We just bought a chest freezer and if I’m not careful, it’s going to be full of nothing but jam and frozen fruit. 😉

Words Are Very Unnecessary

On our way home from Dave’s one-month checkup with his hepatologist in Fort Wayne, we stopped at Subway for lunch. Although we like the food, Dave kind of hates going there because the ordering process confounds him. They ask a lot of questions, and for someone with hearing loss that’s a real drag.

I have an easier time with this kind of thing (as long as it’s in person) because I lipread, so I am usually the one to order. I just consult Dave first to make sure what he wants, or if he starts to order himself then I will relay the questions to him if he misses them.

Since it was just a light lunch, we did our usual and got the same sandwich in the foot-long size, and then split it. This location had a drive-through but we decided to go inside because I really struggle to understand anything through those speakers.

We were the only customers, and as we walked up to the counter the guy started talking. I wasn’t close enough to read his lips and had no clue what he said (he was talking really fast and also had a bit of a southern accent). I did my usual and just assumed what he probably said based on my past visits to Subway.

Well yes, I can relate to this.

Well yes, I can relate to this.

I told him the type of sandwich we wanted and the type of bread. He said something else that I missed, but I knew they usually asked about cheese and I thought I’d caught part of his question. “Did you say something about pepperjack cheese?” He nodded, and I confirmed that we wanted it. Then he asked if we wanted it toasted, which caught me off guard. I had to have him repeat the question a couple of times. After I answered him, I added, “I’m deaf and I’m reading your lips, so that’s why I sometimes miss what you say.”

Now, usually I add that I have cochlear implants and I hear with them; that way people know that I do hear sound but they also know that I’m reading their lips as well. But I figured eh, this is just a quick lunch order and why go into all that detail? Here’s what happened when I just let that statement hang in the air without further clarification:

The guy stopped talking.

He had been keeping up a constant patter while we were there, which was making it hard for me to tell if he was asking a question, making a comment about our order, or even perhaps just talking to himself. My statement silenced him, and what a gift it was!

He quietly made the sandwich and just kind of looked up when he got to the veggies, waving his hand vaguely in the direction of the options available. I smiled and said we just wanted tomato, nothing else, and no sauce.

Obviously he thought I couldn’t hear anything and there was no point in really talking to me anymore, so he resorted to his version of sign language – and it was perfectly fine with me (even preferable, if I’m being honest). I thought it was kind of hilarious; it’s been a long time since I’ve had someone react that way when I say I’m deaf. Even before I got my CIs and I really couldn’t hear, when I told someone I was deaf and reading lips, they would still keep talking to me the same way they had been.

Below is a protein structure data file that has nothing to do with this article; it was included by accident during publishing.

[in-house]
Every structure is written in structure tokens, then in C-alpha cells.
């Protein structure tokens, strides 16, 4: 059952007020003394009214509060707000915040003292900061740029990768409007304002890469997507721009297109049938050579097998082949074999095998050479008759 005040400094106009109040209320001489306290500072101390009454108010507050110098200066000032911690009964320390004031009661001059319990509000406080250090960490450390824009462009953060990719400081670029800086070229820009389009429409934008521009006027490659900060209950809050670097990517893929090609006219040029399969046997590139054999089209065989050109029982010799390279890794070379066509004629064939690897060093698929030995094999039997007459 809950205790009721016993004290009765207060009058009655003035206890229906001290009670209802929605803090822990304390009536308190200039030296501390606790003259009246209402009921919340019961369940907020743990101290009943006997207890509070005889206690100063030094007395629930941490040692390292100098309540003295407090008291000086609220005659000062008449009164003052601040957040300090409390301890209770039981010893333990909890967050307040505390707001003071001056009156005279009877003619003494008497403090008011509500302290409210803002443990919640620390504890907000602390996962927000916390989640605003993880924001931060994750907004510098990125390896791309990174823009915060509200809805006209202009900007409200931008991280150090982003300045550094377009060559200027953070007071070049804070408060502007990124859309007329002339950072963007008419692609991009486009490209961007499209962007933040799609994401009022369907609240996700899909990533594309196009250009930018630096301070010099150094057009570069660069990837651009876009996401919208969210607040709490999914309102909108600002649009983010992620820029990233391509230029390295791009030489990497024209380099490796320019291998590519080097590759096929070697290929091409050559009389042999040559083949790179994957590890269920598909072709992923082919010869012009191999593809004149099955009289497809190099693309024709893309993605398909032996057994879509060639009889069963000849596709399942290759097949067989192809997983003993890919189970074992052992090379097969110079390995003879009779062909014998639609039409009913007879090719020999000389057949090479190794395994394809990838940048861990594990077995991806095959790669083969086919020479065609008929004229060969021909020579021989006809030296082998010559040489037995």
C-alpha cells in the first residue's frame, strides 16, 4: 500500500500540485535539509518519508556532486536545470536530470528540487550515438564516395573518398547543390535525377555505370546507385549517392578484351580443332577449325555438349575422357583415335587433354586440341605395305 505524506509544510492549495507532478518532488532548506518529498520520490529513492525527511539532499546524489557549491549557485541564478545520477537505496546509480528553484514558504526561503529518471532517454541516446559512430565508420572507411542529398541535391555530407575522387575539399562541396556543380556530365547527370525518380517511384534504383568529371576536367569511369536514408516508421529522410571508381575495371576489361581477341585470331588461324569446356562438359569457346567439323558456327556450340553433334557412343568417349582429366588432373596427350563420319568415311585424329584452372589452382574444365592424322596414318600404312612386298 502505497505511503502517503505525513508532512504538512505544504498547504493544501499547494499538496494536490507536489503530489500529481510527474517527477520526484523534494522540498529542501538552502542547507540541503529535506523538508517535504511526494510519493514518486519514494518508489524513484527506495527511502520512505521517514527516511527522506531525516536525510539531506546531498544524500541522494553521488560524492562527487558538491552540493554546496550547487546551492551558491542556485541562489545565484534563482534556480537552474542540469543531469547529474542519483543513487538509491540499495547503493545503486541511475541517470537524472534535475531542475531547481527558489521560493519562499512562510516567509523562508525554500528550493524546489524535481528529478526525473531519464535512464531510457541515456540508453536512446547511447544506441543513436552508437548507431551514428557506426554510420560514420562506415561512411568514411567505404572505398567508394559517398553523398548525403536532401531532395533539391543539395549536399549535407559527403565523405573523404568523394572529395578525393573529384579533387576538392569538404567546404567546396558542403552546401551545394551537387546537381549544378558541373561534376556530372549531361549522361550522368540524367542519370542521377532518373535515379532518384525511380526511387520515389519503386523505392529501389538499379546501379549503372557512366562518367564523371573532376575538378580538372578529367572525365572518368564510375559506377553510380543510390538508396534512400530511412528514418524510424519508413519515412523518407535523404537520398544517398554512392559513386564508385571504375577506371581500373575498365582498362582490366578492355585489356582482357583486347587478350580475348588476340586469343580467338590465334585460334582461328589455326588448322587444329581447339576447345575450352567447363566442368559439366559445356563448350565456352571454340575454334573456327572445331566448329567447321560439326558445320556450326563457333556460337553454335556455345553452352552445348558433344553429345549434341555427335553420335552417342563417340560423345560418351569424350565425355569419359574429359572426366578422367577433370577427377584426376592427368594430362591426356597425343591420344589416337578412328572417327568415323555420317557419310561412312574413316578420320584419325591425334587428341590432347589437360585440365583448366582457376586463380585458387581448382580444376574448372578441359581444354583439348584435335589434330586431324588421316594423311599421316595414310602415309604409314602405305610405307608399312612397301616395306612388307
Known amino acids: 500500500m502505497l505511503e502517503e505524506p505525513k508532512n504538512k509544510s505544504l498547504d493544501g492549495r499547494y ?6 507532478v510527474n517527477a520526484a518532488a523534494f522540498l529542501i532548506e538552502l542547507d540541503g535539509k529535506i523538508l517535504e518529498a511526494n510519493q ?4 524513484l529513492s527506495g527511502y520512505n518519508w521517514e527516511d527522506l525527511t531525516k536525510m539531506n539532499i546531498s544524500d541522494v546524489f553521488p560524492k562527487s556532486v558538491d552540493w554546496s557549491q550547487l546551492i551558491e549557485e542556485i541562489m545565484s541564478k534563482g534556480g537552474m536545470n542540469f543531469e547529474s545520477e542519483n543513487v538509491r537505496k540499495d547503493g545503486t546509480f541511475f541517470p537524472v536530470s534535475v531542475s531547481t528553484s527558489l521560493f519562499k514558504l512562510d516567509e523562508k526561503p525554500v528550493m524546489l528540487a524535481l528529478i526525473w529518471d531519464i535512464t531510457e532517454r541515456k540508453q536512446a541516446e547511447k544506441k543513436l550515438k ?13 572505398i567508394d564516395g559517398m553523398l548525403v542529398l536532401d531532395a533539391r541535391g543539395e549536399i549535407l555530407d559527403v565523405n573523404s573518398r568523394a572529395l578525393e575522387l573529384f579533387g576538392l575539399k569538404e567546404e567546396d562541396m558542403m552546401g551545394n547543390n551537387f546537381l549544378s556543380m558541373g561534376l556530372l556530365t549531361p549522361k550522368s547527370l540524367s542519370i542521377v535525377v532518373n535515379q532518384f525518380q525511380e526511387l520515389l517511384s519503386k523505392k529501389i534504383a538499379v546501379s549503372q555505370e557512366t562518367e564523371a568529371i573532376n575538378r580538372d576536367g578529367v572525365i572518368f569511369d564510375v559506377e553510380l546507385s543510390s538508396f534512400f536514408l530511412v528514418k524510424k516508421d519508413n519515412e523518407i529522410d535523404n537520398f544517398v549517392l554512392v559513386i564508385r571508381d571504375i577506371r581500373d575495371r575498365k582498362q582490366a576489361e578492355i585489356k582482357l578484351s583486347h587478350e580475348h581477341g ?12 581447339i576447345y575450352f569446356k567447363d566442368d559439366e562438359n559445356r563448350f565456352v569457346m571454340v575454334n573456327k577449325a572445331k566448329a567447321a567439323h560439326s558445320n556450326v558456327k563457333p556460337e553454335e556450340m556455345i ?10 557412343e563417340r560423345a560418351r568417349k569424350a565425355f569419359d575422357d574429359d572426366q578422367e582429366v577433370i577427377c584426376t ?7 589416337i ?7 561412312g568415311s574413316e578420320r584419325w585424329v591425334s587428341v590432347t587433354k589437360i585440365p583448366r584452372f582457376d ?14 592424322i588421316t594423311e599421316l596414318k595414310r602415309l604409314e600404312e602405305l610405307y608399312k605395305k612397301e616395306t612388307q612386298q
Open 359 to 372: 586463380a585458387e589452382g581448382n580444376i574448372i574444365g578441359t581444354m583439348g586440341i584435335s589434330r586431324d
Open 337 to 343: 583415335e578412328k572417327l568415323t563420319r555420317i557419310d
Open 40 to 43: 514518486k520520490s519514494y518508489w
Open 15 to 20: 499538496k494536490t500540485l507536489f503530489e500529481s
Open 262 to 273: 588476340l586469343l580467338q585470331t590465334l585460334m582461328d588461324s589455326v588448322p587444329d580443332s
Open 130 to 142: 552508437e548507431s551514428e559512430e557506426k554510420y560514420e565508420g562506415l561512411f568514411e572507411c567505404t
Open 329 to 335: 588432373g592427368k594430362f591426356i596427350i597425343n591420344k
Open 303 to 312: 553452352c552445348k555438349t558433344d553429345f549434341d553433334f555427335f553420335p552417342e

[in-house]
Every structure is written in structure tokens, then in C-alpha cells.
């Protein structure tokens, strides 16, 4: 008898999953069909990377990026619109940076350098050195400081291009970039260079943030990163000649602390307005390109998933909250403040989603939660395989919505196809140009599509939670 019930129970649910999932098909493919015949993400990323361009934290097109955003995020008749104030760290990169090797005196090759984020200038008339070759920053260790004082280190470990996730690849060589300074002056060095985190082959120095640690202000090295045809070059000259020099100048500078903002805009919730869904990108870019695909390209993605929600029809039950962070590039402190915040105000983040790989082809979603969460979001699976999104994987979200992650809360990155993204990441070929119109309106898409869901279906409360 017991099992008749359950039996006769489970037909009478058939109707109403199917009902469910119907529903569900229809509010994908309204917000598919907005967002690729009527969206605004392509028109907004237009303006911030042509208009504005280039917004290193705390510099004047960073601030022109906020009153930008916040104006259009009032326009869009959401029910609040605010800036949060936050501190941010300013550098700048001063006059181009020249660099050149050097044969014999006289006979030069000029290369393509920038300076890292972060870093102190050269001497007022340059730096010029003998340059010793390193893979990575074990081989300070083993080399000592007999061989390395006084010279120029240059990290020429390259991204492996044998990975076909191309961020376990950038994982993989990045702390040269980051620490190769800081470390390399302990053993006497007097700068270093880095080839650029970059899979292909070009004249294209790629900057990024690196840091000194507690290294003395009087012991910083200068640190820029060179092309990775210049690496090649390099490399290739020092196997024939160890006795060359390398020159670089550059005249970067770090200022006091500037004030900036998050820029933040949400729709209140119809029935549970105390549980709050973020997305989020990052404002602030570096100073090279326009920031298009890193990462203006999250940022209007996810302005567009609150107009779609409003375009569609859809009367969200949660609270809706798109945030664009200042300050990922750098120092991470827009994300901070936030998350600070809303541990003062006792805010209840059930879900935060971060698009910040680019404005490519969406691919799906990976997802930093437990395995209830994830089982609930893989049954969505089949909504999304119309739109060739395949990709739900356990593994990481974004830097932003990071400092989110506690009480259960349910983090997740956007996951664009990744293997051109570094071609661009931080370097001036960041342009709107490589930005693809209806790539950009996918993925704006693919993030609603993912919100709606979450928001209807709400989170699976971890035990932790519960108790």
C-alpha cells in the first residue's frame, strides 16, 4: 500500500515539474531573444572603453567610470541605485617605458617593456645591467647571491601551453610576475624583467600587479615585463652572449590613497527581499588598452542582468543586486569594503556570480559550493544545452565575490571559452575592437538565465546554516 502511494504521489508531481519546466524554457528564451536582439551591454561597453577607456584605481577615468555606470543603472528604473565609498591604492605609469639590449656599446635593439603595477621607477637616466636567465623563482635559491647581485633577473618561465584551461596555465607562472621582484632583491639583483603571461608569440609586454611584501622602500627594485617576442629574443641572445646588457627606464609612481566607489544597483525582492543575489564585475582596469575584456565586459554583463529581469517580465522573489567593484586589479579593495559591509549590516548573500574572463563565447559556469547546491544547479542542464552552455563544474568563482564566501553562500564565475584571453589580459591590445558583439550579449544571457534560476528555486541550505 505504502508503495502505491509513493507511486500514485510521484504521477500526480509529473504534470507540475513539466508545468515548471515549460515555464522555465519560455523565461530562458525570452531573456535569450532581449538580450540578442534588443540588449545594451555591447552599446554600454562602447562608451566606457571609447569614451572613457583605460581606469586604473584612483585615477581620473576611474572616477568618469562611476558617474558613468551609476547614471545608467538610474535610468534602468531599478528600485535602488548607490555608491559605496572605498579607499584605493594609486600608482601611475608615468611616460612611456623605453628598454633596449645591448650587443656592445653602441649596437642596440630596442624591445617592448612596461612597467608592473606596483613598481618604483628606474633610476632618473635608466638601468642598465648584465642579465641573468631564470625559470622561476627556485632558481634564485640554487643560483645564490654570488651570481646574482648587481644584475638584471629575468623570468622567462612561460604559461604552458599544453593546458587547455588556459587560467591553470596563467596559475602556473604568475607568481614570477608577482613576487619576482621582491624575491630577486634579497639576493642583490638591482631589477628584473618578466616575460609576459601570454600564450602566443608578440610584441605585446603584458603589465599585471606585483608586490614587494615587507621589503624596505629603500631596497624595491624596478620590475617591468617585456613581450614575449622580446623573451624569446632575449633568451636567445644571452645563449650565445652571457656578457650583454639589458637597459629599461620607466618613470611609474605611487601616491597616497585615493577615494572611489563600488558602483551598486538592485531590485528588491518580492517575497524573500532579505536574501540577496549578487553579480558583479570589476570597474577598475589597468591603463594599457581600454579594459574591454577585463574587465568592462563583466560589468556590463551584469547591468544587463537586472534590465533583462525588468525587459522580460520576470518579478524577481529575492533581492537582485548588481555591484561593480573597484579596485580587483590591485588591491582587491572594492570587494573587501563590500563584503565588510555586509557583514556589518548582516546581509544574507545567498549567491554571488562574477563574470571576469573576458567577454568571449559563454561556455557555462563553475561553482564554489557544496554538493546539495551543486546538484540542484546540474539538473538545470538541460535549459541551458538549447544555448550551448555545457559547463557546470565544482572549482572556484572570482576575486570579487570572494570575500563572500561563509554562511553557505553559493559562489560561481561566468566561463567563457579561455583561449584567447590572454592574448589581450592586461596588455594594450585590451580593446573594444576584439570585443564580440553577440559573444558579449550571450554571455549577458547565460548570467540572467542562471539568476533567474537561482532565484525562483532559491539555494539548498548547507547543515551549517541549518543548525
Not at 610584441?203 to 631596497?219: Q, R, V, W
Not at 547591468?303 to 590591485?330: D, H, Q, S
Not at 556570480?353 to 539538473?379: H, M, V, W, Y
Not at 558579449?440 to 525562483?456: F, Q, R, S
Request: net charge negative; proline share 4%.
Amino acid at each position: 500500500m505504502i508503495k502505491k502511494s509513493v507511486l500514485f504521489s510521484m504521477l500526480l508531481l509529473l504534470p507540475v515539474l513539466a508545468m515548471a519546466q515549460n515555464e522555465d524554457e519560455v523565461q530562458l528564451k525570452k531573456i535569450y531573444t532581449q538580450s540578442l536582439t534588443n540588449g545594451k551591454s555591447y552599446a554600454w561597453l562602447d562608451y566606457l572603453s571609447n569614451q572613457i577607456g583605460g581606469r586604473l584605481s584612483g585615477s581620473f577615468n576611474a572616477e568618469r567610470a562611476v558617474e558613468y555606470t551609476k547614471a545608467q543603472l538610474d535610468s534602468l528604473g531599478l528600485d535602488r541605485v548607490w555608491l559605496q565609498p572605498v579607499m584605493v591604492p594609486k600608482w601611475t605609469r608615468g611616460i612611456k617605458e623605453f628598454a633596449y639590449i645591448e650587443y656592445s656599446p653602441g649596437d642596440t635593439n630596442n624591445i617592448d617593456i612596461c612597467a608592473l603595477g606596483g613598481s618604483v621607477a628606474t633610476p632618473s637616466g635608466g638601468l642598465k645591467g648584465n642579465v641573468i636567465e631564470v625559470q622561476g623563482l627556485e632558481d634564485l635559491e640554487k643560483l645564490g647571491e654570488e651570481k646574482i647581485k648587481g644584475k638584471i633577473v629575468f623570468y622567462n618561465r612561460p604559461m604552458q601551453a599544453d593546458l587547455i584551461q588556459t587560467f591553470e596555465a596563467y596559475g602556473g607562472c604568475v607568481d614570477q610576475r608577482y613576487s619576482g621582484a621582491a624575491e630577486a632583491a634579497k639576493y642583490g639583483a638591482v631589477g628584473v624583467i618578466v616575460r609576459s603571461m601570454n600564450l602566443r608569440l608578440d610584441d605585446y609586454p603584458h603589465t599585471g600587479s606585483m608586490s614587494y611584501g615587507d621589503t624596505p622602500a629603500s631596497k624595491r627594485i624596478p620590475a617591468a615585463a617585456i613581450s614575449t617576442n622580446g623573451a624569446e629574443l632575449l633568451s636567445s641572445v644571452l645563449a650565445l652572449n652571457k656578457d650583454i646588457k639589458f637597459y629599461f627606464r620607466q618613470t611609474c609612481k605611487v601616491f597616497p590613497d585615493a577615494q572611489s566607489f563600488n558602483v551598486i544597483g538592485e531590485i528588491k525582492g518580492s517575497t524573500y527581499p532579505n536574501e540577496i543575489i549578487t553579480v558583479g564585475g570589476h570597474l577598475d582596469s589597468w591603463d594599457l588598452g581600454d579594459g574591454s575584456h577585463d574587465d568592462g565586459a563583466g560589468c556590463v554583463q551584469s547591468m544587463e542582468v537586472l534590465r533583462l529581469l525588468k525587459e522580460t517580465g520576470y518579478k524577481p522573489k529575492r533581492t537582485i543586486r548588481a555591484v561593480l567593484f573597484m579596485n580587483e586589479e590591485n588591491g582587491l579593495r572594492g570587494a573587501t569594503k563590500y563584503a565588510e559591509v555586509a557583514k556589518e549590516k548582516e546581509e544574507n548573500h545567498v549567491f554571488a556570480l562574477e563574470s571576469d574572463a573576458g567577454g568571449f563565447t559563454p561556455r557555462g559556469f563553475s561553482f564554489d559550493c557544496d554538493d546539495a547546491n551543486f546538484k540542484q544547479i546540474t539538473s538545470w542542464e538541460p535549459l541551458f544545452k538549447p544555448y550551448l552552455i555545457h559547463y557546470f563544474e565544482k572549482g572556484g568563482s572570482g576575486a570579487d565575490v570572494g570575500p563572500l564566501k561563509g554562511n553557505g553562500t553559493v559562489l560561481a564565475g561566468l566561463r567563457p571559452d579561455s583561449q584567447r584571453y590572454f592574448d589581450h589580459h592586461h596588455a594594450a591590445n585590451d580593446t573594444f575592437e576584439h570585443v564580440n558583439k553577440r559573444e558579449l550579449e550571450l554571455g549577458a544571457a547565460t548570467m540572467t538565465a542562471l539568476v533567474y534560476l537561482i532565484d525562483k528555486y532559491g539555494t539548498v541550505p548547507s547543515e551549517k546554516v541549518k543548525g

(Before I get to my next story, I have to interject and say that Dave had his viral load tested at this appointment, and we got the results yesterday. As of one month into his three month treatment with Harvoni and Ribavirin, he has cleared the Hepatitis C virus! He never cleared it in 2013; he went from over 4 million to 11,000 but that was as low as it went. This time he started at over 3 million and BOOM … now it’s undetected. ! ! ! !)

The other hearing loss-related thing that happened around here was during a power outage. The power really doesn’t go out very often here, and when it does they get it back on within a few hours (at the most). It seems to go out at weird times, though, not during storms. The last time was about a week ago, after we’d had some rain come through. During the storms all was well, but about 3:15 in the morning my eyes just kind of flew open. I could feel that something wasn’t right; I just didn’t know what it was. I realized Dave wasn’t in bed, and then I looked over at the clock and saw that it was off – we had a power outage.  (Dave had realized about five minutes before me and was getting candles.)

It wasn’t hot so we didn’t have fans on (or else the room suddenly getting hot would have woken me up). I realized that when I’m sleeping I’m more sensitive to light (and the lack of it) than I realized. I always assumed I wouldn’t wake up from a strobe light on a smoke detector, and that I’d need something that vibrated the bed to wake me up. (Those systems are, by the way, very expensive.) Now I’m kind of wondering if the strobe light would actually do the trick. I must be more sensitive to that kind of thing when I’m sleeping since I don’t have hearing to rely on. Very interesting!